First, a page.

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Relief from Heat: North India Braces for Monsoon and Western Disturbances

After registering its highest-ever temperature, the national capital, along with regions within Delhi-NCR, experienced a much-needed respite from the oppressive heat in the form of rain showers. However, the relief is temporary as the heatwave is expected to continue across various parts of India, including Delhi-NCR, Uttar Pradesh, Rajasthan, Odisha, Madhya Pradesh, Bihar, and Jharkhand, until June 1. From June 1 onwards, Delhi, Noida, Gurugram, and other parts of North India are likely to see a reduction in heatwave conditions, according to meteorological predictions.

Kuldeep Srivastava, the head of the Regional Weather Forecasting Centre of the India Meteorological Department (IMD), shared insights with news agency ANI. He stated, “On May 31st and June 1st, due to incoming western disturbances, there is a possibility of thunderstorms and lightning in Delhi-NCR and the entire Northwest region. By June 1st, there will be a 3-4 degree reduction in temperature.” These expected changes bring hope to millions suffering from sweltering conditions.

### Monsoon Update

In other significant weather developments, the IMD has monitored a severe cyclonic storm named ‘Remal’ that made landfall between the coasts of Bangladesh and adjoining West Bengal. The event brought heavy rains that caused substantial flooding to homes and farmlands, leaving a trail of destruction in its wake. The landfall process began at around 8:30 PM on Sunday, targeting the adjacent coasts of West Bengal and Bangladesh between Sagar Island and Khepupara, near the southwest of Mongla in Bangladesh. The impact was severe: fragile dwellings were flattened, trees uprooted, and electric poles knocked down. In the Gosaba area of the Sundarbans, one person was reported injured after being hit by debris.

The IMD has predicted that the monsoon will officially hit Kerala by June 1. Sunil Kamble, the Director of the India Meteorological Department in Mumbai, noted that after its arrival in Kerala, it would take eight to ten days for the monsoon to cover Maharashtra. Kamble explained, “If you talk about Mumbai, the temperature range is 35-36 degrees centigrade. For the summer season, these are quite normal temperatures.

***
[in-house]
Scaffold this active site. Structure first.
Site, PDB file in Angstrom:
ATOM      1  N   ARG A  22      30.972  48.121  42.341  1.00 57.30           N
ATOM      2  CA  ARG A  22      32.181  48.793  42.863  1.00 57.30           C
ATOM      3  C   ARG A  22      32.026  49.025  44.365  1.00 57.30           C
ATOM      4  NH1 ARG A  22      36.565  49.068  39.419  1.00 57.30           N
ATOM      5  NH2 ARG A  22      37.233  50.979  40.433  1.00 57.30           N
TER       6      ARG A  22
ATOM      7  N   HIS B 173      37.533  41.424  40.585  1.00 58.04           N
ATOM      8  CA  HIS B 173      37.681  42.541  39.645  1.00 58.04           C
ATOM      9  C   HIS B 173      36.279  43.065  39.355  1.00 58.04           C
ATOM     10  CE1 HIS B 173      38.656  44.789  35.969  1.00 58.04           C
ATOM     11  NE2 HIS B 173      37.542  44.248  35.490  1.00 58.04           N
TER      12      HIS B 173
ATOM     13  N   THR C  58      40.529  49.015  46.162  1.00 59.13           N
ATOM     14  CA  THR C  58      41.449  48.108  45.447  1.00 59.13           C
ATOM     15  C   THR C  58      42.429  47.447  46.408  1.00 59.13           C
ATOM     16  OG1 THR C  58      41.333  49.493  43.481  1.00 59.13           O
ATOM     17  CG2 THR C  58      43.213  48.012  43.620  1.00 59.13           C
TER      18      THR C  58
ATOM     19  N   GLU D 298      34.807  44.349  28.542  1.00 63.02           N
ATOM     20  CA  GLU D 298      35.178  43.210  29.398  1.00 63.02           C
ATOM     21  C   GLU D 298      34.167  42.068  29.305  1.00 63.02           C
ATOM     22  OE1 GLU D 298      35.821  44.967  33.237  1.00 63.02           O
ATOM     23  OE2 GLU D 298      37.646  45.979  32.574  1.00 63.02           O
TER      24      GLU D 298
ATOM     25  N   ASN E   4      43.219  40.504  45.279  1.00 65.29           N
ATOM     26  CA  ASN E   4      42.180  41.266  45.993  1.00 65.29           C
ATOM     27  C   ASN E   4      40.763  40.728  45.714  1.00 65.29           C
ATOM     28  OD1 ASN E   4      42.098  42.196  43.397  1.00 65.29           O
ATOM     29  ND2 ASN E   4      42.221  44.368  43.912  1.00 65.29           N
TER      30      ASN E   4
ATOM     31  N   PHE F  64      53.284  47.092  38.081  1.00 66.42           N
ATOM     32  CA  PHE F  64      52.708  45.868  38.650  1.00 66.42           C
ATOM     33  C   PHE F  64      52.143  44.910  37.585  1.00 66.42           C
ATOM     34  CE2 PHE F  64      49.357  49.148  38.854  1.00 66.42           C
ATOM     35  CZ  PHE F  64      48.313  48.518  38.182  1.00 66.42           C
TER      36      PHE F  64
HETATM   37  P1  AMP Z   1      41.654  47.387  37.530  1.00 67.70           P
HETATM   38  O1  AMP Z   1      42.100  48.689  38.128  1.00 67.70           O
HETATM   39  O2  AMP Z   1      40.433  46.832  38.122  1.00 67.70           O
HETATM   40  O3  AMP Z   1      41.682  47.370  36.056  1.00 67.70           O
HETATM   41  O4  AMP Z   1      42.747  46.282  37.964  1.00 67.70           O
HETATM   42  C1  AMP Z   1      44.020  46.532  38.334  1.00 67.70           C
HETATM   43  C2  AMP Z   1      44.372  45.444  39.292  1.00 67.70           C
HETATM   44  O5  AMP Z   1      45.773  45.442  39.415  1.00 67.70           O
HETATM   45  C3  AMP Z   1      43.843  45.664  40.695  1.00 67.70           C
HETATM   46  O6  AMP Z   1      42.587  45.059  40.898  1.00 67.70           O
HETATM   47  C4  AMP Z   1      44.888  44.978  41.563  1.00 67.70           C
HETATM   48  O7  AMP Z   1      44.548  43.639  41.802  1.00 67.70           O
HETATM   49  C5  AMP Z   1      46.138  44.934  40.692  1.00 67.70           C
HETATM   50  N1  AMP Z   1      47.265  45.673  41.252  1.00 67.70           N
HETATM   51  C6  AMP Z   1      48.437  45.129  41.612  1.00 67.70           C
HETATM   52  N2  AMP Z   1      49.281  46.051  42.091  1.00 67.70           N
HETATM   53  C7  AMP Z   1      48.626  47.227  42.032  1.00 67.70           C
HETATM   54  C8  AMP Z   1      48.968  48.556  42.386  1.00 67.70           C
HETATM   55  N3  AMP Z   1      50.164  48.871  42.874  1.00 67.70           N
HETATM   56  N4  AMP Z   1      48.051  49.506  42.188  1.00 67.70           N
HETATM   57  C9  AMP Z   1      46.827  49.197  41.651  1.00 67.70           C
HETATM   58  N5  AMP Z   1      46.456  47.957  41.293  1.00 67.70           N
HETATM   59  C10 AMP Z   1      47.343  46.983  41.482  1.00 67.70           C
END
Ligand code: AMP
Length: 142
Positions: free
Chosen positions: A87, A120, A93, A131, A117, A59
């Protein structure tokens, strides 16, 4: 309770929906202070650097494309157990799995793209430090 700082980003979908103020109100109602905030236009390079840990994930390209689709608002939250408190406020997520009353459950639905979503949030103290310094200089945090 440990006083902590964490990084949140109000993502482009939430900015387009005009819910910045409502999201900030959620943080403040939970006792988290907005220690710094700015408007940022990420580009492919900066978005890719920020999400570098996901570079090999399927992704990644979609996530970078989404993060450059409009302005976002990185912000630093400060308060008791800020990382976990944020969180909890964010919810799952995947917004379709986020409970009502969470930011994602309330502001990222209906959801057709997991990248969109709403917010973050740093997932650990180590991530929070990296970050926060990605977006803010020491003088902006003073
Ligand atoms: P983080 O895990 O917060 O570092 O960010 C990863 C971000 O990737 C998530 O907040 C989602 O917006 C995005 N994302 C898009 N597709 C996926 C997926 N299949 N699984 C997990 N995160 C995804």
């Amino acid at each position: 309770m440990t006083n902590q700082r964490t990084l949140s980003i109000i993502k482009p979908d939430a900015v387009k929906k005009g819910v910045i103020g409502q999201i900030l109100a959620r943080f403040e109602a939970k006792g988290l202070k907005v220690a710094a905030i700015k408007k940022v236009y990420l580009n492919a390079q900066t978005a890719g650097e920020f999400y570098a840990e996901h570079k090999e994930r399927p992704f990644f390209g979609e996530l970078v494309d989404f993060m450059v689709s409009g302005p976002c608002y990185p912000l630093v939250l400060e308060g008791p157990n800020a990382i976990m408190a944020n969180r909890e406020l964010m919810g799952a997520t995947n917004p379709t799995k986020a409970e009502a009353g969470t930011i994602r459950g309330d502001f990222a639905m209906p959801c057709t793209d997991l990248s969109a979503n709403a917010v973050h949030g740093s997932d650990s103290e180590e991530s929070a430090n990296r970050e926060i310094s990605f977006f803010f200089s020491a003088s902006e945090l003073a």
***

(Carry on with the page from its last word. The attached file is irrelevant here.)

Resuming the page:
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. However, due to high humidity levels, ranging between 80% and 90%, people are experiencing discomfort and feeling temperatures closer to 40 degrees.”

“Across Maharashtra, the temperature range is between 38 and 40 degrees centigrade,” Kamble added. He emphasized that the IMD has already issued a long-range forecast. As the monsoon progresses northward, it will provide much-needed relief from scorching summer temperatures in the areas it covers. These rains are crucial for the Indian agricultural economy, especially for kharif crops. India follows three main cropping seasons—summer, kharif, and rabi.

At a press conference on Monday, the IMD’s Director General of Meteorology, Mrutyunjay Mohapatra, provided a detailed update on the monsoon forecast. He pointed out that above-normal rainfall is expected this monsoon season across the country, which will offer a significant respite from the prevailing heatwave. “The South West Monsoon rainfall over the country as a whole is likely to be 106 per cent of the long-period average with a model error of 4 per cent,” Mohapatra mentioned. “Thus, above-normal rainfall is most likely over the country as a whole.” This optimistic outlook follows predictions of above-normal rainfall driven by favorable La Niña conditions, which are expected to develop between August and September.

Despite these promising projections, the weather office has warned of severe heatwave conditions over northwest India for the next three days, with hopes that relief will begin from May 30. This cyclical pattern of temperatures and incoming monsoon rains are essential for both general public comfort and agricultural productivity.

Overall, while the immediate future holds continued high temperatures for many regions, the impending arrival of the monsoon and the influence of western disturbances bring much-needed hope for relief from the heatwave. The IMD’s forecasts and updates remain crucial for planning and preparation in the days ahead.

(With contributions from ANI)